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Qual Saf Health Care. 2010 Feb;19(1):55-9. doi: 10.1136/qshc.2008.027961.

A comparison of voluntarily reported medication errors in intensive care and general care units.

Author information

  • 1Center for Pharmacoinformatics and Outcomes Research, School of Pharmacy, University of Pittsburgh, Pittsburgh, PA 15261, USA. SLK54@pitt.edu

Abstract

BACKGROUND:

Few institutions currently track intensive care unit (ICU)-specific medication safety data. A comparison of medication error data for intensive care and general care units may determine if ICU-specific surveillance is needed.

OBJECTIVE:

To compare the type, cause, contributing factors, level of staff initiating an error, medication use process node, drug classes and patient outcomes for voluntarily reported medication errors occurring in ICUs and general care units.

DESIGN:

Retrospective evaluation of voluntarily reported medication errors over 4.5 years at a 647-bed academic medical centre containing greater than 120 ICU beds. Adult patients with a reported medication error in intensive care and general care units were included. Medication error data were compared for ICUs with general care units. MAIN MEASURES AND RESULTS: There were a total of 3252 medication errors reported with 541 and 2711 occurring in ICUs and general care units, respectively. Primary types of medication errors were prescribing in the ICUs and omission in the general care units. Leading causes of medication errors were procedure/protocol not followed and knowledge deficit in the ICU and general care units. More frequently there was no contributing factor identified for medication errors in the ICUs. The top three drugs associated with medication errors in the ICUs were opioid analgesics, beta-lactam antimicrobials and blood coagulation modifiers compared with anti-asthma/bronchodilators, narcotic analgesics and vaccines in the general care units. The level of care provided after the error was observation increased/initiated in ICUs and no additional care in general care units. Prolonged hospitalisation was a result of medication errors in 1% of ICU cases and 0.4% of general care unit errors (p = 0.056). Medication errors were associated with harm in 12% and 6% of cases in the ICUs and general care units, respectively (p<0.001).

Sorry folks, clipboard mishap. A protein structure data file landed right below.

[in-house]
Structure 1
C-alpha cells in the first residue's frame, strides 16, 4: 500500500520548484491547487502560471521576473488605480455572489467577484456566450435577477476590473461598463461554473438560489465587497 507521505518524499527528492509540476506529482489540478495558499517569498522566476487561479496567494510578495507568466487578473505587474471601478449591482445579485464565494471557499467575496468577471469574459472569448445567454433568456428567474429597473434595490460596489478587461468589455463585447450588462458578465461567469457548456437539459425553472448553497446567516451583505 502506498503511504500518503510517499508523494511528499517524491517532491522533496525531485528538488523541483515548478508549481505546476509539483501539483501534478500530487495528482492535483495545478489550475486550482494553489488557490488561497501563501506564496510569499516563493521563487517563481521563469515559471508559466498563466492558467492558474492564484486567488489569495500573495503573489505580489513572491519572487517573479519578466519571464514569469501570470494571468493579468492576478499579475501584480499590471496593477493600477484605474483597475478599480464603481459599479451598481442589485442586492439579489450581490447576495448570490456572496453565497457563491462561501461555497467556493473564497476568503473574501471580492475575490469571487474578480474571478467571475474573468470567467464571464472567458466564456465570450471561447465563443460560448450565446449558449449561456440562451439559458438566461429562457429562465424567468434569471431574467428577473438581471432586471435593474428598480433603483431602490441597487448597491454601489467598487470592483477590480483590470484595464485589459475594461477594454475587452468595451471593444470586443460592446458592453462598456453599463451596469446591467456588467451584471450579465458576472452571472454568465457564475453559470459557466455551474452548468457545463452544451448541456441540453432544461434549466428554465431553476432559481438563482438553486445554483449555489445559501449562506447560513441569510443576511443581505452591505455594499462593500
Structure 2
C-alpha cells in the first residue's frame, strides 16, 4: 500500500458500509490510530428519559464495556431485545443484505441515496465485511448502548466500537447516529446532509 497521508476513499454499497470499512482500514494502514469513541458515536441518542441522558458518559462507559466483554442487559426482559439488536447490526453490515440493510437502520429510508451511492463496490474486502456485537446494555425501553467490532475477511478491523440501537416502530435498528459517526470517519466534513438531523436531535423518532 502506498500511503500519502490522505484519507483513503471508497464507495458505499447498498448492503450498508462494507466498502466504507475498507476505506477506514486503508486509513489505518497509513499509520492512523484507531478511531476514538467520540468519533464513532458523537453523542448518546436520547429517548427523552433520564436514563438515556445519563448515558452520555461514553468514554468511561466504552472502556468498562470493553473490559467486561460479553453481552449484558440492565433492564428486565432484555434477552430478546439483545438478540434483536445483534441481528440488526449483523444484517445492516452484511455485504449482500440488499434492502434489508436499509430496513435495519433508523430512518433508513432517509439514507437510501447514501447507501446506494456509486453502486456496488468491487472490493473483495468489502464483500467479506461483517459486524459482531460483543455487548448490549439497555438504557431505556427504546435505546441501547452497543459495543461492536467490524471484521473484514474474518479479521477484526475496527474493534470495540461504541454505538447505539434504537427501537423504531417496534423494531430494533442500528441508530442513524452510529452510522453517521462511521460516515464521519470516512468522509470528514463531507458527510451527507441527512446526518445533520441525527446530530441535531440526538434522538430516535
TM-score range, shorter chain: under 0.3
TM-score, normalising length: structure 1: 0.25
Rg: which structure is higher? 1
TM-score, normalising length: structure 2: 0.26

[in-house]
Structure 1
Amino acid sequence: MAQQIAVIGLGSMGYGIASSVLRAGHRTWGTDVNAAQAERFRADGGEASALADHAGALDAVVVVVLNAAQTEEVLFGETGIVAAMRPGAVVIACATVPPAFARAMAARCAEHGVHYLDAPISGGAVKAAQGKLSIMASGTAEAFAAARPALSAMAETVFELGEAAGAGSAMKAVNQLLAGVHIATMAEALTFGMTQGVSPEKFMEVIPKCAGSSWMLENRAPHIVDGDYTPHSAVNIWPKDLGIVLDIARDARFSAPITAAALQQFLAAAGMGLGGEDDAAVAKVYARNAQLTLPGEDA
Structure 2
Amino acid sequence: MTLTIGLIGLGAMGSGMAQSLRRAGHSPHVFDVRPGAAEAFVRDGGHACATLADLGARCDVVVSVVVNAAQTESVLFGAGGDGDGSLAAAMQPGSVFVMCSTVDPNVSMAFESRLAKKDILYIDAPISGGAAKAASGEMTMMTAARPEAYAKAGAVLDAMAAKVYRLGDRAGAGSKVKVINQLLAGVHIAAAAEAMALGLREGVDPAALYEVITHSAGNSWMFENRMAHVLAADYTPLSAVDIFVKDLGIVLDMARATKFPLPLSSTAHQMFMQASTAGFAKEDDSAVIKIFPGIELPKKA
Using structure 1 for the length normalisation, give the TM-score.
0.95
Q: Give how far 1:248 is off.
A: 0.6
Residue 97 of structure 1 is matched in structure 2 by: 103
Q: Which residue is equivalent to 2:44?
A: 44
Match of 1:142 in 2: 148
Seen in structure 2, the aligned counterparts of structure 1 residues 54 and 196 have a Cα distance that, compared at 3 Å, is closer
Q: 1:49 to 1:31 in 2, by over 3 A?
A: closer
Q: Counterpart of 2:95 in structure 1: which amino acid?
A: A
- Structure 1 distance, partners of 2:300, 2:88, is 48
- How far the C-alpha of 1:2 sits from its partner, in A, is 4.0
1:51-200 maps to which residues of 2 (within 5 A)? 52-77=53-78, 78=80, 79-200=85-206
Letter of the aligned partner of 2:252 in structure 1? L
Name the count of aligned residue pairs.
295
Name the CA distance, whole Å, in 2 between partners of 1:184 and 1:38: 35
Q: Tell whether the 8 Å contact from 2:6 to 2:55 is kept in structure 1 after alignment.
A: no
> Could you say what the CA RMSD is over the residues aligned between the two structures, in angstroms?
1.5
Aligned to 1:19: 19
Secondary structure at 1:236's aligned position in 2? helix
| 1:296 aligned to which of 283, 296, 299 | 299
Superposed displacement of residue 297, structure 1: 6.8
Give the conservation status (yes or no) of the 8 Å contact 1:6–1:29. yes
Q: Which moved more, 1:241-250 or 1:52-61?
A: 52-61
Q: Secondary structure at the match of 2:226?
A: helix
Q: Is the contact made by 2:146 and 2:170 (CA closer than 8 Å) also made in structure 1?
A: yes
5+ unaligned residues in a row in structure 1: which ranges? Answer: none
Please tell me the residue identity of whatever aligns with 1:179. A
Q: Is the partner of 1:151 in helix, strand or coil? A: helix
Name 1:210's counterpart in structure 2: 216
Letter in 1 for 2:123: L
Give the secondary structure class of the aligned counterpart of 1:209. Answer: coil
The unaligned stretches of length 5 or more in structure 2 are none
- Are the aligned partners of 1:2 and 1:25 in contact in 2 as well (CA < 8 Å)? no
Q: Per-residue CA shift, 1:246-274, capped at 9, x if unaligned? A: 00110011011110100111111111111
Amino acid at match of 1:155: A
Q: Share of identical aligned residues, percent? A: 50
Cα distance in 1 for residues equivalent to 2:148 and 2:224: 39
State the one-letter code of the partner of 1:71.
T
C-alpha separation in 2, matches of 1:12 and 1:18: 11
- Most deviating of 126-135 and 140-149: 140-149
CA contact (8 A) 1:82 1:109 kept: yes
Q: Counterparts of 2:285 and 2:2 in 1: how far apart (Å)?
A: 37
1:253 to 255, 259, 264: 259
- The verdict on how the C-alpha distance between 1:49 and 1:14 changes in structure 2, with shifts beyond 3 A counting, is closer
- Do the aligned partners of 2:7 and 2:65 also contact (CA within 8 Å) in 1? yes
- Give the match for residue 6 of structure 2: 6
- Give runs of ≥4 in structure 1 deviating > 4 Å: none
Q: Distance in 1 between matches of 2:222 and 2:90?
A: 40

CONCLUSION:

Type, contributing factors, drug classes and patient outcomes associated with voluntarily reported medication errors differ in intensive care and general care units so it is important to develop surveillance systems that analyse ICU-specific data allowing systematic changes for this patient population.

PMID:
20172884
[PubMed - indexed for MEDLINE]
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